The following from a German sociologist (my comments are in blue):
Perhaps you know the old joke: Analytic philosophers think that continental philosophy is not sufficiently clear; continental philosophers think that analytic philosophy is not sufficient.
Having just reread the Kritik der reinen Vernunft, I don't see Kant as an analytic philosopher. Hegel and Nietzsche certainly belong to the continental tradition. And none of the philosophers of the 20th century, who really matter to me, can be called an analytic philosopher. Doesn't "analytic" simply mean after Wittgenstein and in his tradition?
BV: As I see it, there was no analytic-Continental split before the 20th century. So classifying Kant, Hegel, and Nietzsche in terms of that split is only marginally meaningful. But it is safe to say that Kant is more congenial to analytic philosophers than Hegel and Nietzsche are.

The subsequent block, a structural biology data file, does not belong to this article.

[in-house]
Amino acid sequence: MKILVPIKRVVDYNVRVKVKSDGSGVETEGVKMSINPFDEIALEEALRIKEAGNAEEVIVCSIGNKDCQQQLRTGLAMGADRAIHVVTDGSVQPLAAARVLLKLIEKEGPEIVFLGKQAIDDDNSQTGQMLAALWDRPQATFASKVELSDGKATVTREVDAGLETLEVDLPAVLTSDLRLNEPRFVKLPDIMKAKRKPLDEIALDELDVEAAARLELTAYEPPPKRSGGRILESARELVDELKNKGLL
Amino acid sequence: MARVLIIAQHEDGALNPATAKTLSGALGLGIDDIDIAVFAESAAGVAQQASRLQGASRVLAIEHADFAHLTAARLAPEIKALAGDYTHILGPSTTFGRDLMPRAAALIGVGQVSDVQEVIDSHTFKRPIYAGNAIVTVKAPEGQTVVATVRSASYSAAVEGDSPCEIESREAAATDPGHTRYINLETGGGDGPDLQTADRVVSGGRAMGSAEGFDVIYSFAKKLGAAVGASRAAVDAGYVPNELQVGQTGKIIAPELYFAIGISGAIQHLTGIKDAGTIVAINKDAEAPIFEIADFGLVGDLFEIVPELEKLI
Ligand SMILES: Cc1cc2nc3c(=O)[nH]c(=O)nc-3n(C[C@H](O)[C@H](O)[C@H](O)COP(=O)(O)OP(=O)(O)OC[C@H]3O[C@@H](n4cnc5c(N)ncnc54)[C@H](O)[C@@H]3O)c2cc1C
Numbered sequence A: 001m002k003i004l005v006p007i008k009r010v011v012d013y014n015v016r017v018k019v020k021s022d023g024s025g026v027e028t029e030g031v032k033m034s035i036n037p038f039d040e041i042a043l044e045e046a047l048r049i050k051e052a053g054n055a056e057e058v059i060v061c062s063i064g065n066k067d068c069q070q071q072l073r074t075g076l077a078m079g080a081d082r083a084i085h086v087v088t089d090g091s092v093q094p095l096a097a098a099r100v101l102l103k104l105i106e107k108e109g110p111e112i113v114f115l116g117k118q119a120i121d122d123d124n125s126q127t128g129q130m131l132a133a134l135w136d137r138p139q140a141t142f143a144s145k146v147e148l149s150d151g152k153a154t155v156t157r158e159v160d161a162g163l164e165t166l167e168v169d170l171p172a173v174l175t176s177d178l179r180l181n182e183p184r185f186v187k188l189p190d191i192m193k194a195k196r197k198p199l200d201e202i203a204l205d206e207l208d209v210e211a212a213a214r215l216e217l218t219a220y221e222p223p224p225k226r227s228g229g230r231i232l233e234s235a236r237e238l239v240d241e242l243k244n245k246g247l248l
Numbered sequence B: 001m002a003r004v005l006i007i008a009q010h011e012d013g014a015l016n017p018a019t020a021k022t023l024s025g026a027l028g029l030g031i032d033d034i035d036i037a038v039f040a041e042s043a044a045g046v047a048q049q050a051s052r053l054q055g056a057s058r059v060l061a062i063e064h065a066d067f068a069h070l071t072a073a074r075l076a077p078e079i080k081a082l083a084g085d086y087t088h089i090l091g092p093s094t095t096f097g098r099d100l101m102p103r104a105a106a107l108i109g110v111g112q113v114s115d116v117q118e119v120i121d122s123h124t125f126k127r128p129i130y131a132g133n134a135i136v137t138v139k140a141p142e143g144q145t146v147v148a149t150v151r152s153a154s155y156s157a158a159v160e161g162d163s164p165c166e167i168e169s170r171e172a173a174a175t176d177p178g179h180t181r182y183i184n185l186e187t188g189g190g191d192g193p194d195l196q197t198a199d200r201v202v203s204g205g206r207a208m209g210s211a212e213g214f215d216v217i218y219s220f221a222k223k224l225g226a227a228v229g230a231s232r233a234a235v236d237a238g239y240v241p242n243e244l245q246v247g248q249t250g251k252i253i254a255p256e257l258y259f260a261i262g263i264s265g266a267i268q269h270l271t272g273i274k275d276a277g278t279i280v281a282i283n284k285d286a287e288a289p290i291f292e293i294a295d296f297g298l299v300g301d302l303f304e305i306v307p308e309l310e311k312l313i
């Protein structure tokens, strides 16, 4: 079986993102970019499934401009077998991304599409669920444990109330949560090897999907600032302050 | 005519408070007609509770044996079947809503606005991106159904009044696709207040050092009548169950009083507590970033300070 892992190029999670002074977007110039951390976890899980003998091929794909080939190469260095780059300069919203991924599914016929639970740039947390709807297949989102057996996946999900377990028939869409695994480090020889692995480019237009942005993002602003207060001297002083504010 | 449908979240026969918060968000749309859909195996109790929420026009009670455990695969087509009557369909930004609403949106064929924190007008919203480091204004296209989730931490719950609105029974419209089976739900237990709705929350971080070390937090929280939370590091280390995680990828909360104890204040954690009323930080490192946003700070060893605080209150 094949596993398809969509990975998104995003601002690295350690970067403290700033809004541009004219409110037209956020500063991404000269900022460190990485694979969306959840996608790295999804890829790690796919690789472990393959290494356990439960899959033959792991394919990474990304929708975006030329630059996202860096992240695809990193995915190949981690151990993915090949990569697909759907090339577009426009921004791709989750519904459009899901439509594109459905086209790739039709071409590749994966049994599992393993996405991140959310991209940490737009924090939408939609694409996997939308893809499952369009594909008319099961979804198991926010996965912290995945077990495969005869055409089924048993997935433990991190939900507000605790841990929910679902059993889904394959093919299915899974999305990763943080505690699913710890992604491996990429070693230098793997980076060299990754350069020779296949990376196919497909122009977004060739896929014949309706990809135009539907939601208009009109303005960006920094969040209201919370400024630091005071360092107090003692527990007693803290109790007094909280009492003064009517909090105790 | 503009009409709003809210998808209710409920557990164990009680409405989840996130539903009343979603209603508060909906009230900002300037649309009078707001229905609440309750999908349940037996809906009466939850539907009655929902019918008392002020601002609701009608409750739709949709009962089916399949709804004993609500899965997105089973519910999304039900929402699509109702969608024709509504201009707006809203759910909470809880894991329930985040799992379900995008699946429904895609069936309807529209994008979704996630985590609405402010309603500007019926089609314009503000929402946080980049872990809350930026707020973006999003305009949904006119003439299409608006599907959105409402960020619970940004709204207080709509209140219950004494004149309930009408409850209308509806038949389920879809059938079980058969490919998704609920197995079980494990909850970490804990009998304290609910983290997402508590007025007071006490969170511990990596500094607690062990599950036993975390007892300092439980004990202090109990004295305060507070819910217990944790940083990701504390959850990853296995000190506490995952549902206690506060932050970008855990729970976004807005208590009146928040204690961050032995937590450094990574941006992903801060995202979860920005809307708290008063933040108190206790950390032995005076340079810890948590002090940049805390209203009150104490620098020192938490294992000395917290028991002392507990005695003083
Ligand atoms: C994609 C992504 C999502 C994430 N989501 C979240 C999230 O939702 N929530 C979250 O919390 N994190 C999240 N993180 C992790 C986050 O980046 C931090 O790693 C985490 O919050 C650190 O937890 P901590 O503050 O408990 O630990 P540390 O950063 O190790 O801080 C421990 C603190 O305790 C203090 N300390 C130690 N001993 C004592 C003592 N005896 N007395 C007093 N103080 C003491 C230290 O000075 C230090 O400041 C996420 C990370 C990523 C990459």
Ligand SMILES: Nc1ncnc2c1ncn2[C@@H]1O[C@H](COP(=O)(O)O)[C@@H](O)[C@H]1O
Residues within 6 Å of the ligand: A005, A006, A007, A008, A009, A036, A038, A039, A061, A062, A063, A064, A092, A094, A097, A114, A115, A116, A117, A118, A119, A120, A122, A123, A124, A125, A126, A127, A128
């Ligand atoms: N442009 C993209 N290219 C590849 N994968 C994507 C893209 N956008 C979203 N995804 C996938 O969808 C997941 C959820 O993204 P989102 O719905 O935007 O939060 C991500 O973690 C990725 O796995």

When did the split come about and what is it about?
If I were were to select two writings that best epitomize the depth of the Continental-analytic clash near the time of its outbreak, they would be Heidegger's 1929 What is Metaphysics? and Carnap's 1932 response, "On the Overcoming of Metaphysics Through the Logical Analysis of Language." In fairness to Carnap, let us note that his Erkenntnis piece is more than a response to Heidegger inasmuch as it calls into question the meaningfulness of all metaphysics. And in fairness to Heidegger, we should note that he thinks he is doing something more radical than metaphysics. Metaphysics for Heidegger is onto-theology. Metaphysics thinks Being (das Sein) but always in reference to beings (das Seiende); it does not think Being in its difference from beings. The latter is Heidegger's project.